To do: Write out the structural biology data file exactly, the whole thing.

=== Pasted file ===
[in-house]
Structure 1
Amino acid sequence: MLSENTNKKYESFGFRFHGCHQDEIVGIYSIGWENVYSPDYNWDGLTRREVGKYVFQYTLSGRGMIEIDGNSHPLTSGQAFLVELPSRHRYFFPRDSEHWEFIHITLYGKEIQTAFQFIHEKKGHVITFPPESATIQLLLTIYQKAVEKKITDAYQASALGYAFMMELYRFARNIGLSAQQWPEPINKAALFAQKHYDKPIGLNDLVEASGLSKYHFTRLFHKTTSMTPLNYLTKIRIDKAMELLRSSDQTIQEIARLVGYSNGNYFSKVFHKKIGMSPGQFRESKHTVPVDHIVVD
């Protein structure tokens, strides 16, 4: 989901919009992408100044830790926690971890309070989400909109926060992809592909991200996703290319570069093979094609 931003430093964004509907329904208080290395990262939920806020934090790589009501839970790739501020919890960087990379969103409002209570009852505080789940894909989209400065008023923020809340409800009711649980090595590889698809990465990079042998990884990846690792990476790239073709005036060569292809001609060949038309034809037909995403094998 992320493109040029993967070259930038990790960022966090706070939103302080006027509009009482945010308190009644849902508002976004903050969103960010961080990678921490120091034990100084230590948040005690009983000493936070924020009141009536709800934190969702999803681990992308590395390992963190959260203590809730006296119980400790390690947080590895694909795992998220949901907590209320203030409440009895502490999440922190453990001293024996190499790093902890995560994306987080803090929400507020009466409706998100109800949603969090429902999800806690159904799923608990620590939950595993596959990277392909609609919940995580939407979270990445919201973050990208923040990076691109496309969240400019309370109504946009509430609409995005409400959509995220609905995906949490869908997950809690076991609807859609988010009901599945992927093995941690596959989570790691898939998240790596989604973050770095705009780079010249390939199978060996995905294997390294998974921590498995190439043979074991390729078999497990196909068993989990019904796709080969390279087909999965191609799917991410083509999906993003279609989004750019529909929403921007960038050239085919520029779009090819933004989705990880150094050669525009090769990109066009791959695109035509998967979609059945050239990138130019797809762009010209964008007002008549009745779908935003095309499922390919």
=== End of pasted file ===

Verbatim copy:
[in-house]
Structure 1
Amino acid sequence: MLSENTNKKYESFGFRFHGCHQDEIVGIYSIGWENVYSPDYNWDGLTRREVGKYVFQYTLSGRGMIEIDGNSHPLTSGQAFLVELPSRHRYFFPRDSEHWEFIHITLYGKEIQTAFQFIHEKKGHVITFPPESATIQLLLTIYQKAVEKKITDAYQASALGYAFMMELYRFARNIGLSAQQWPEPINKAALFAQKHYDKPIGLNDLVEASGLSKYHFTRLFHKTTSMTPLNYLTKIRIDKAMELLRSSDQTIQEIARLVGYSNGNYFSKVFHKKIGMSPGQFRESKHTVPVDHIVVD
């Protein structure tokens, strides 16, 4: 989901919009992408100044830790926690971890309070989400909109926060992809592909991200996703290319570069093979094609 931003430093964004509907329904208080290395990262939920806020934090790589009501839970790739501020919890960087990379969103409002209570009852505080789940894909989209400065008023923020809340409800009711649980090595590889698809990465990079042998990884990846690792990476790239073709005036060569292809001609060949038309034809037909995403094998 992320493109040029993967070259930038990790960022966090706070939103302080006027509009009482945010308190009644849902508002976004903050969103960010961080990678921490120091034990100084230590948040005690009983000493936070924020009141009536709800934190969702999803681990992308590395390992963190959260203590809730006296119980400790390690947080590895694909795992998220949901907590209320203030409440009895502490999440922190453990001293024996190499790093902890995560994306987080803090929400507020009466409706998100109800949603969090429902999800806690159904799923608990620590939950595993596959990277392909609609919940995580939407979270990445919201973050990208923040990076691109496309969240400019309370109504946009509430609409995005409400959509995220609905995906949490869908997950809690076991609807859609988010009901599945992927093995941690596959989570790691898939998240790596989604973050770095705009780079010249390939199978060996995905294997390294998974921590498995190439043979074991390729078999497990196909068993989990019904796709080969390279087909999965191609799917991410083509999906993003279609989004750019529909929403921007960038050239085919520029779009090819933004989705990880150094050669525009090769990109066009791959695109035509998967979609059945050239990138130019797809762009010209964008007002008549009745779908935003095309499922390919």